On May 15, 2008, the California Supreme Court issued a landmark decision, In re Marriage Cases, which invalidates the requirement under California law that only a man and a woman can enter into a valid marriage. By a 4–3 vote, the Court ruled that this requirement violates various provisions of the California Constitution and ordered state and local officials to start issuing marriage licenses to couples of the same sex. When the decision takes effect on June 14, 2008, California will join Massachusetts as the only states that recognize same-sex marriages.
This development raises the question of whether an employee benefit plan may, must or cannot recognize same-sex marriages in applying plan provisions that involve a participant's marital status. The answer is not as straightforward as one might think. It requires an analysis of not only how California state law defines marriage, but what the plan says about marriage and in what contexts, and also what the Federal Defense of Marriage Act ("DOMA"), enacted in 1996, has to say about marriage and how that affects plans governed by federal law.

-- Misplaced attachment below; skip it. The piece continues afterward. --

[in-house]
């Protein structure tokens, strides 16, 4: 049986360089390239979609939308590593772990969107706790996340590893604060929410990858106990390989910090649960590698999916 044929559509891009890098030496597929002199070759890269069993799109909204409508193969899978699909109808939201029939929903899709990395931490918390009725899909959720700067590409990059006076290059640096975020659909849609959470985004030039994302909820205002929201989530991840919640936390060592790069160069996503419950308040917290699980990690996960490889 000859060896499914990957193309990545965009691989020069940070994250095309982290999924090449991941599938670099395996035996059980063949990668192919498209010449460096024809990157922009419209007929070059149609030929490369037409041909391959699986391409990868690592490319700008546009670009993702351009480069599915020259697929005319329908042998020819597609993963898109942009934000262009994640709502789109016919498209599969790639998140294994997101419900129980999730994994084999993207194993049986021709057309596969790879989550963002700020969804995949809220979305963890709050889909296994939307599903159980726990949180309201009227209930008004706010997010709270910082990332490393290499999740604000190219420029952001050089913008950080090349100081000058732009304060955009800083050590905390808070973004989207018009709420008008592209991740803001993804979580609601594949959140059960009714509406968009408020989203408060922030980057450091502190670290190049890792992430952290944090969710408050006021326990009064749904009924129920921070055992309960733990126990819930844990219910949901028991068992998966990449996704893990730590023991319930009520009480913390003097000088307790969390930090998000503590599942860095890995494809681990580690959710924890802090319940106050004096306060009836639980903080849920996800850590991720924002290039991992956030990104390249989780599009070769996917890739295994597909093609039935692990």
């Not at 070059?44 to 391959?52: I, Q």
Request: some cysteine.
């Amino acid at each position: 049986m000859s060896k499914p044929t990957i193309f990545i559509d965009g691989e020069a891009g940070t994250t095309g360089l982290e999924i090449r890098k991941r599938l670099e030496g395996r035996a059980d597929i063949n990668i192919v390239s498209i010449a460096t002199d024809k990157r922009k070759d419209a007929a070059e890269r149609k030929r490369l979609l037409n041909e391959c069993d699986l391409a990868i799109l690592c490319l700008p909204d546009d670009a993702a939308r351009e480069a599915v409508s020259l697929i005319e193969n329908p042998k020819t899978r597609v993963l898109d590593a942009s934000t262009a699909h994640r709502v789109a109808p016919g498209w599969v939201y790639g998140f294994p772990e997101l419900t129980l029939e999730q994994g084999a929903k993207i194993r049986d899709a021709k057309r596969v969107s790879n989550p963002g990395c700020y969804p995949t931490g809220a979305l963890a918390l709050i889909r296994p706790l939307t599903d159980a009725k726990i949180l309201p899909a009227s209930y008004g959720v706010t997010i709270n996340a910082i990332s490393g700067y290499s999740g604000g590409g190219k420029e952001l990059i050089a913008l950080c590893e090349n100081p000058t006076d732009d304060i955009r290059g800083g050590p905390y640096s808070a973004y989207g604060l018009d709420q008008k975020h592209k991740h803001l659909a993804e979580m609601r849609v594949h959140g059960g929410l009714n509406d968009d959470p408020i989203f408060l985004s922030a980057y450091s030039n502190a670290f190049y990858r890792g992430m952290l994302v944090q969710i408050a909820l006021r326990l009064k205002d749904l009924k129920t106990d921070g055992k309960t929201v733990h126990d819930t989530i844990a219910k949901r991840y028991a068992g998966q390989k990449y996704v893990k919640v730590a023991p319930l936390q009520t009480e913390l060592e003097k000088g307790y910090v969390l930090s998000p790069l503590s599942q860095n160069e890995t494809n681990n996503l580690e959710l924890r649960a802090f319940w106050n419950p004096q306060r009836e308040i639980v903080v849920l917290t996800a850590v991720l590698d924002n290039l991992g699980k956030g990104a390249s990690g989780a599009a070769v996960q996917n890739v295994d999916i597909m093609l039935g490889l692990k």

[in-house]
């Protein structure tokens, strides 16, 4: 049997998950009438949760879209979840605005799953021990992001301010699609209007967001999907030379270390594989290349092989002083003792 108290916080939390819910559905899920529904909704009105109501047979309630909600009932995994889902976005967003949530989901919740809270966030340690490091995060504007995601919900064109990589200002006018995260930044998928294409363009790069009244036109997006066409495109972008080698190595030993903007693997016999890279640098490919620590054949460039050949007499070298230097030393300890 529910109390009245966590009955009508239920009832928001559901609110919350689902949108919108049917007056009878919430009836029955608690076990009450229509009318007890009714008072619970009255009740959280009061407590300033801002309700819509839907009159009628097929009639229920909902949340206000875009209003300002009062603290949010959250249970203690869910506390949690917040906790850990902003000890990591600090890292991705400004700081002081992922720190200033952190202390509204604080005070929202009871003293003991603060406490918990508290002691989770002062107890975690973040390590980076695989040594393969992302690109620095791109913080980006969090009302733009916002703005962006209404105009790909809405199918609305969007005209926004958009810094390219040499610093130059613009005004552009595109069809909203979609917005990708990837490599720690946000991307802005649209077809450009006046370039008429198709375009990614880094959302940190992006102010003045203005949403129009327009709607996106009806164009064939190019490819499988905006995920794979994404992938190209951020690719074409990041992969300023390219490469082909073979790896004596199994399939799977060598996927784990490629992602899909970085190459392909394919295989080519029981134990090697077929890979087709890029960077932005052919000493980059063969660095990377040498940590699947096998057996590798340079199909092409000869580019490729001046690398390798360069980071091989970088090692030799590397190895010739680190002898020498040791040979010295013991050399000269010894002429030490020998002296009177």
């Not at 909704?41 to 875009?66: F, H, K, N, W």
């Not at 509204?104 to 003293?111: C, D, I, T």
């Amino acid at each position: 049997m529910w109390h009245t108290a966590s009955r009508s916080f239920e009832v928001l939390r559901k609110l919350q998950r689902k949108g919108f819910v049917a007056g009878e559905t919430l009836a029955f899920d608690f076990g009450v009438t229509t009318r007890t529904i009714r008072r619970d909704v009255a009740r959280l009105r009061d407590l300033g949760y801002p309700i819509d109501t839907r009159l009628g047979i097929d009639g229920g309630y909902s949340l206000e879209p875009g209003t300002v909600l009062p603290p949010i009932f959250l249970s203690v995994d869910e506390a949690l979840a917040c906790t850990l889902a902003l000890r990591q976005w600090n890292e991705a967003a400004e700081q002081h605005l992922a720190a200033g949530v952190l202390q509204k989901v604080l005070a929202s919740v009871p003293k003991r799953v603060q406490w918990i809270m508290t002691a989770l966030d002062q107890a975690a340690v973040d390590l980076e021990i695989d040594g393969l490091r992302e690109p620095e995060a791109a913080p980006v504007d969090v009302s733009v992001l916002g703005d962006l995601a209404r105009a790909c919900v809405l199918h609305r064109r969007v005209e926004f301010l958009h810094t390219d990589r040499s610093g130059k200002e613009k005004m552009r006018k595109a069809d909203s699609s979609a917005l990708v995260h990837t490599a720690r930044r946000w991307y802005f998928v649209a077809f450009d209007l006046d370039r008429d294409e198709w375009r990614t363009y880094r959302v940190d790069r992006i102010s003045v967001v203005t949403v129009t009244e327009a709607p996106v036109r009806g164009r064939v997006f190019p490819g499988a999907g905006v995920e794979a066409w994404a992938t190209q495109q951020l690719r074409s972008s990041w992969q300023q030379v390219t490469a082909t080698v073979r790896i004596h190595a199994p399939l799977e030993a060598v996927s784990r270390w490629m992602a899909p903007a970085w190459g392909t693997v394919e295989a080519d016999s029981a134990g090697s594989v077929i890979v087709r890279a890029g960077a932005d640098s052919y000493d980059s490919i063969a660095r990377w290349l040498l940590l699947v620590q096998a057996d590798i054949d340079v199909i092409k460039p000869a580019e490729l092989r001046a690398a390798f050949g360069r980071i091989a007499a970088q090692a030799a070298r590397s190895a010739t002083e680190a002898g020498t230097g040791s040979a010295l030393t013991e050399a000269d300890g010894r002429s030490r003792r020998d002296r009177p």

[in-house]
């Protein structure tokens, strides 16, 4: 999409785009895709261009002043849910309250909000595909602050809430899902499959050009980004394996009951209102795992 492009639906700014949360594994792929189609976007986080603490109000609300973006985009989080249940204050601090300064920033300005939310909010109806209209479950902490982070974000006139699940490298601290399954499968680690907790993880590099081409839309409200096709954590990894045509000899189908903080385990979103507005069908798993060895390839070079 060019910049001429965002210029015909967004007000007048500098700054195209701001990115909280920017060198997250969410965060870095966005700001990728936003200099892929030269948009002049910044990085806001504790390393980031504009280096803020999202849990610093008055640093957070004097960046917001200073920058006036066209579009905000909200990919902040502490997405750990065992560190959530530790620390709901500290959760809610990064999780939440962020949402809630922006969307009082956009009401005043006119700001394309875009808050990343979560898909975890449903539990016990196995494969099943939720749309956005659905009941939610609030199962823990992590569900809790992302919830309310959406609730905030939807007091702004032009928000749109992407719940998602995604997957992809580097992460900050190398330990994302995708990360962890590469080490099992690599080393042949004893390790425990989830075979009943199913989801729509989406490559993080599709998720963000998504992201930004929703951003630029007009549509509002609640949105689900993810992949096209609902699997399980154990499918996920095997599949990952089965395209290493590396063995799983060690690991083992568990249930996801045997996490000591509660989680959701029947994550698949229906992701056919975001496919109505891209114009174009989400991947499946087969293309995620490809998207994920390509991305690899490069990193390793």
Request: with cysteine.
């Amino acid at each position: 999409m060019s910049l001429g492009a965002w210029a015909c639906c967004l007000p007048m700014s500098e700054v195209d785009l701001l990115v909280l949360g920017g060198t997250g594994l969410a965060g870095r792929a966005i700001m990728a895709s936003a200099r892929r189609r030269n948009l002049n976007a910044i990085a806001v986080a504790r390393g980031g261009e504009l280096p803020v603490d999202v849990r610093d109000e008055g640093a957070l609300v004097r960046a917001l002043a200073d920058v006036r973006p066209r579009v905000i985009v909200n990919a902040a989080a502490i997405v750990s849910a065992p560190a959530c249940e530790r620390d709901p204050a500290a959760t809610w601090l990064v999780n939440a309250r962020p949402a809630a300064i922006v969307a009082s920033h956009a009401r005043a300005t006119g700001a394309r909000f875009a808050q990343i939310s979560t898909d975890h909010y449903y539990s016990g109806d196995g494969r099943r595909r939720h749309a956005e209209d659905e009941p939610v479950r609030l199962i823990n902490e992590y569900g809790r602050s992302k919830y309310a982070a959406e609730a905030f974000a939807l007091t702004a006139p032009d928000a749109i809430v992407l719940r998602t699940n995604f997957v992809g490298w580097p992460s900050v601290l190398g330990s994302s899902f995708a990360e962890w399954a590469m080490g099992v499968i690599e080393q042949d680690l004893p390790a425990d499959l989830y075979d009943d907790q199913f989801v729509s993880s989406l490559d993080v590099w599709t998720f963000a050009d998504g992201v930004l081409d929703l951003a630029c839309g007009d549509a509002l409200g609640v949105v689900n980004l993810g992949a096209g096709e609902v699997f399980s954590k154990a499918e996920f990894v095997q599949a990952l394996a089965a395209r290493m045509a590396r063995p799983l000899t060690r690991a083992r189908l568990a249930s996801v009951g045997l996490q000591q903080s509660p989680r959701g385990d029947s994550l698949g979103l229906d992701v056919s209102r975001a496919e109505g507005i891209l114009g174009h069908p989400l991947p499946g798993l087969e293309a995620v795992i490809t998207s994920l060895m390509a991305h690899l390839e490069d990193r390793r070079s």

Tuesday, June 03, 2008
Employee Benefits and CA Same Sex Marriage
If you are wondering what the CA ssm ruling means for employer benefits, you can find out here.